In line with the nature of an ideal learning environment, one may need to know how the future represents itself. Could there be hope that an ideal learning environment might materialise since ideal situations are seen hardly achievable or long lasting? Perfection is what humanity has hoped for right from the inception of man. This is never a falacy. The future is bright. An ideal learning environment has its place there. “The University of the Future” is never going to be what we’ve seen. Education in itself has changed in all aspects. It used to be a black slate or board, which changed to a white marker board, and finally we have lecturers almost writing nothing with the help of Microsoft’s presentation program, PowerPoint. Judging from the progression of the academic time, we have seen a gradual movement into something better and I am certain that the future will be way better than the current state. It may seem ridiculous or absurd if we realistically follow the rate at which changes occur. But the picture looks brighter with few institutions titled universities because many are gradually focusing on online tuition due to the benefits attached to it. That is, if there are going to be universities, they will not be structures like KNUST or Havard. It will be a softcopy university engulfed in the internet.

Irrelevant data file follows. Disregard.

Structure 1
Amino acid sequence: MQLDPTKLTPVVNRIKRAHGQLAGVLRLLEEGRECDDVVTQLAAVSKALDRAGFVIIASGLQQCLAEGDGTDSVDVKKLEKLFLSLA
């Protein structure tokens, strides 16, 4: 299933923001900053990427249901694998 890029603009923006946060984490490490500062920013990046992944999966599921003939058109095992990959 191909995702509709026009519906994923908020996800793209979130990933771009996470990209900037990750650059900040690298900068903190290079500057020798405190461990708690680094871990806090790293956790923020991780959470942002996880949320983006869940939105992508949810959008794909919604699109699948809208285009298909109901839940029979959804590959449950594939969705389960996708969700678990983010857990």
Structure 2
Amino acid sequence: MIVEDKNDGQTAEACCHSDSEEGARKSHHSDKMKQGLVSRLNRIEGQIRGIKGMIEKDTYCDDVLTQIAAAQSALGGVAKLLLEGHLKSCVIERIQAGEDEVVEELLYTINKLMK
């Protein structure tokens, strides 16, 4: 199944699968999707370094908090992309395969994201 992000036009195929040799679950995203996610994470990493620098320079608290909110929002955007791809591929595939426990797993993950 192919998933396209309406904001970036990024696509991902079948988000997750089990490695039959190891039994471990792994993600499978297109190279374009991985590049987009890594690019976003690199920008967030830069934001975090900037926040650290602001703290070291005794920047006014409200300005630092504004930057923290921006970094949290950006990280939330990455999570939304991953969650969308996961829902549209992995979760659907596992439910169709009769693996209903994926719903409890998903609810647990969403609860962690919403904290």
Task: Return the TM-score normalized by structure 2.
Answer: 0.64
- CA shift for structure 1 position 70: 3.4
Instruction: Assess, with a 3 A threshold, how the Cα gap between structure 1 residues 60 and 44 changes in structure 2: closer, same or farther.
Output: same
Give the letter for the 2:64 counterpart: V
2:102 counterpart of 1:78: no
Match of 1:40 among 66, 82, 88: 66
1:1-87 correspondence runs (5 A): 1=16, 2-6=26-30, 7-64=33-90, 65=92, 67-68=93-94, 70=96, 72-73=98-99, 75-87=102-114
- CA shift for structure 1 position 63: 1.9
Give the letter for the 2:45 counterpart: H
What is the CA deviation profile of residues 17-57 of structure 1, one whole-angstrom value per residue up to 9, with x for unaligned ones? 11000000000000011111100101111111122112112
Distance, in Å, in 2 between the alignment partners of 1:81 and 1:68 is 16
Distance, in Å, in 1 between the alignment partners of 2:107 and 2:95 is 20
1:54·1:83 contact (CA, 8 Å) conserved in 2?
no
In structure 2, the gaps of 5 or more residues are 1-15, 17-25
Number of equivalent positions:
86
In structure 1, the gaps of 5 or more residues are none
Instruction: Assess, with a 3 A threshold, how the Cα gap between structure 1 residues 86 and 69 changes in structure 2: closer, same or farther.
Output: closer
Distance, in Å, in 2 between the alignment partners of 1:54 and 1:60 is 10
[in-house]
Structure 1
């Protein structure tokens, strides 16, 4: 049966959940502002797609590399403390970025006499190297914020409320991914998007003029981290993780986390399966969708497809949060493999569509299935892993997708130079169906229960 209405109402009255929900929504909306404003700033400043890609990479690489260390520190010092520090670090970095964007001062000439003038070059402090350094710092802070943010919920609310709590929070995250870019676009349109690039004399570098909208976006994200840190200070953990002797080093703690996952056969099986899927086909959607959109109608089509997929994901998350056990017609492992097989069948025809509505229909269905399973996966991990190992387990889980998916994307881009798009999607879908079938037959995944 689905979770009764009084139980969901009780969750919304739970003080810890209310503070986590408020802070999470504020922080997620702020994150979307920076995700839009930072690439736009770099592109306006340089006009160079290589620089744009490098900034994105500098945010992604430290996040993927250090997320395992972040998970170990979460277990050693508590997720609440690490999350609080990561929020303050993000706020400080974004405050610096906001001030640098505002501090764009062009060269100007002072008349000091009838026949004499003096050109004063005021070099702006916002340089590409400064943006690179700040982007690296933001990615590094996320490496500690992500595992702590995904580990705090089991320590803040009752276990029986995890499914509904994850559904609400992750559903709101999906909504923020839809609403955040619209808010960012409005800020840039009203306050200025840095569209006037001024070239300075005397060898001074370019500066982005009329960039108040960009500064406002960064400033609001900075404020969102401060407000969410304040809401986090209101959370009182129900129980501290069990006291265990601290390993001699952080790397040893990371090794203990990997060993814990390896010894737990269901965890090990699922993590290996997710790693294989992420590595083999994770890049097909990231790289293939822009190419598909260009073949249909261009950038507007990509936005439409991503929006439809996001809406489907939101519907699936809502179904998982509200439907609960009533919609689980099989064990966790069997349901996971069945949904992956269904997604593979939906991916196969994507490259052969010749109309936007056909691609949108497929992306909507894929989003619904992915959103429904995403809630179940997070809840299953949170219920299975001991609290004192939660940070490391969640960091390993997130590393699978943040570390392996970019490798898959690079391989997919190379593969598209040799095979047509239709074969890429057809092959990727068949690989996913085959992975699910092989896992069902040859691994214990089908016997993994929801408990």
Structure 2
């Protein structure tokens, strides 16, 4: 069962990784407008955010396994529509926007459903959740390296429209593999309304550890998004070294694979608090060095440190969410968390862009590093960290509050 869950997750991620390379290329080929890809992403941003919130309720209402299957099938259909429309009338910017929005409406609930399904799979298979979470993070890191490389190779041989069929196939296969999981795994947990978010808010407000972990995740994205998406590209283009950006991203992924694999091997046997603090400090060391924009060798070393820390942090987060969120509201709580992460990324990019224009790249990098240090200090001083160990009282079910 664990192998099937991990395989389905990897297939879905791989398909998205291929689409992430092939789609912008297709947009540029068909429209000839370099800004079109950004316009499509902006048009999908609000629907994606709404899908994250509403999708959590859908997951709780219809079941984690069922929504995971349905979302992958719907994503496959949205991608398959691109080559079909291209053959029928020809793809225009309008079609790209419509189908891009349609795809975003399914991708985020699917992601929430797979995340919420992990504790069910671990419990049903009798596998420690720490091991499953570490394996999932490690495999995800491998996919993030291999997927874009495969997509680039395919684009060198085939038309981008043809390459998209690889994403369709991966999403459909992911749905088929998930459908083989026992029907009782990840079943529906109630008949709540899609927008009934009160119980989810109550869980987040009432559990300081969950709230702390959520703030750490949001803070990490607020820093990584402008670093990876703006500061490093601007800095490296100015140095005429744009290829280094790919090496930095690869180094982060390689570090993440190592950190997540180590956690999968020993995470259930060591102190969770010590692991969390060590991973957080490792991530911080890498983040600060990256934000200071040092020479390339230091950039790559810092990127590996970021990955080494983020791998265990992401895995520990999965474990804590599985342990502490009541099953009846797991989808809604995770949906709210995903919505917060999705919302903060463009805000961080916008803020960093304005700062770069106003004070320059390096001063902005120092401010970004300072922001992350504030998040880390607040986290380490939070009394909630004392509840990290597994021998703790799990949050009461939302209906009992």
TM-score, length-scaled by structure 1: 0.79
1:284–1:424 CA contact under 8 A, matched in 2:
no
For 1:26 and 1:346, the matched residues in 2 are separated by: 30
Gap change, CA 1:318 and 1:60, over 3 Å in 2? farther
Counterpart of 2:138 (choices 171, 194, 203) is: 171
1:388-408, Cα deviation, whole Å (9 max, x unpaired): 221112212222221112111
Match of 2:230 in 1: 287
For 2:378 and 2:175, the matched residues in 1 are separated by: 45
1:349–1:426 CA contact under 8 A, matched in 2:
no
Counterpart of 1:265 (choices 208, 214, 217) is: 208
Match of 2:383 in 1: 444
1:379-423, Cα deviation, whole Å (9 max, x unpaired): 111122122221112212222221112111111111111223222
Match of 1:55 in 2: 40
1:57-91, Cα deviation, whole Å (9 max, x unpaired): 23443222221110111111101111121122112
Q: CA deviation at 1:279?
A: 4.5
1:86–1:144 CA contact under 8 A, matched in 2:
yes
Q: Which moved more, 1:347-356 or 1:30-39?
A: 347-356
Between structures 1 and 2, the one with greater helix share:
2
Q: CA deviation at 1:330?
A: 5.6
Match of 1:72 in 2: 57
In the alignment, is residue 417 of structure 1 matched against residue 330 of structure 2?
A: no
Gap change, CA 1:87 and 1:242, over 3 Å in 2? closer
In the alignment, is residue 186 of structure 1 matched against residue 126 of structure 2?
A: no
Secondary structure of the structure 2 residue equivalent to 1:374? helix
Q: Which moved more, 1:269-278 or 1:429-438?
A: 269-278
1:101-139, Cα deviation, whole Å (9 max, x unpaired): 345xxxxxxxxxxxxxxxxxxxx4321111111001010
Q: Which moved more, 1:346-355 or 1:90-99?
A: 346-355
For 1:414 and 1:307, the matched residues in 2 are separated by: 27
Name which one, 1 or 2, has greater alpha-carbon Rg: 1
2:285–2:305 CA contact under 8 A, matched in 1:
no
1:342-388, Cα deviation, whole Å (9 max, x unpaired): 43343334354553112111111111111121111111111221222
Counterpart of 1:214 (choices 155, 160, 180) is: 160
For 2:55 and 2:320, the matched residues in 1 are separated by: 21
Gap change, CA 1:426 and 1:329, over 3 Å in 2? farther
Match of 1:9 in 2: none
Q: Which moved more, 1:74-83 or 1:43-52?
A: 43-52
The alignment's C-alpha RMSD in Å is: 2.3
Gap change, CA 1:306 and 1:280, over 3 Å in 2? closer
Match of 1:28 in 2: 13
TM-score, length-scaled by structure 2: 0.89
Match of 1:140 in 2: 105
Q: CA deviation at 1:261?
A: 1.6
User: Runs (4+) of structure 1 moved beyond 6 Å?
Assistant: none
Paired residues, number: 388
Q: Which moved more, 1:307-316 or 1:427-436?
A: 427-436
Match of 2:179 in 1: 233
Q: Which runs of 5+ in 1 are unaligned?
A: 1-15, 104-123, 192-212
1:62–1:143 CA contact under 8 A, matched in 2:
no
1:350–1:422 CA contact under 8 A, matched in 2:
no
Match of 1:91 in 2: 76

Learning will not be just as we have been experiencing right from crèche. Having a lecturer teaching a large class will be frowned upon when the numerous realize how bad this form of education is for the student’s participation. I am reminded of a quote from Benjamin Franklin on learning. He once said, “Tell me and I forget, Teach me and I remember. Involve me and I learn.” The vision of future learning does not suggest that teachers or lecturers will not be needed in the University of the Future. Students will need mentors to guide them into what to study and is important to know. This University will mean what it actually stands for, a universal scope of knowledge geared towards nothing but application to make the world much better than it is. Learning will be grouped-based but at the same time be intrinsically motivated by the passion to know more and independence when it is due. This was the secret to Albert Einstein’s success. He revealed that to his 11 year old son, Hans Albert Einstein after developing the general theory of relativity in 1915 through a letter. Here is a quote from the letter, “That is the way to learn the most, that when you are doing something with such enjoyment that you don’t notice that the time passes.”
Utilizing the Positives We Have Properly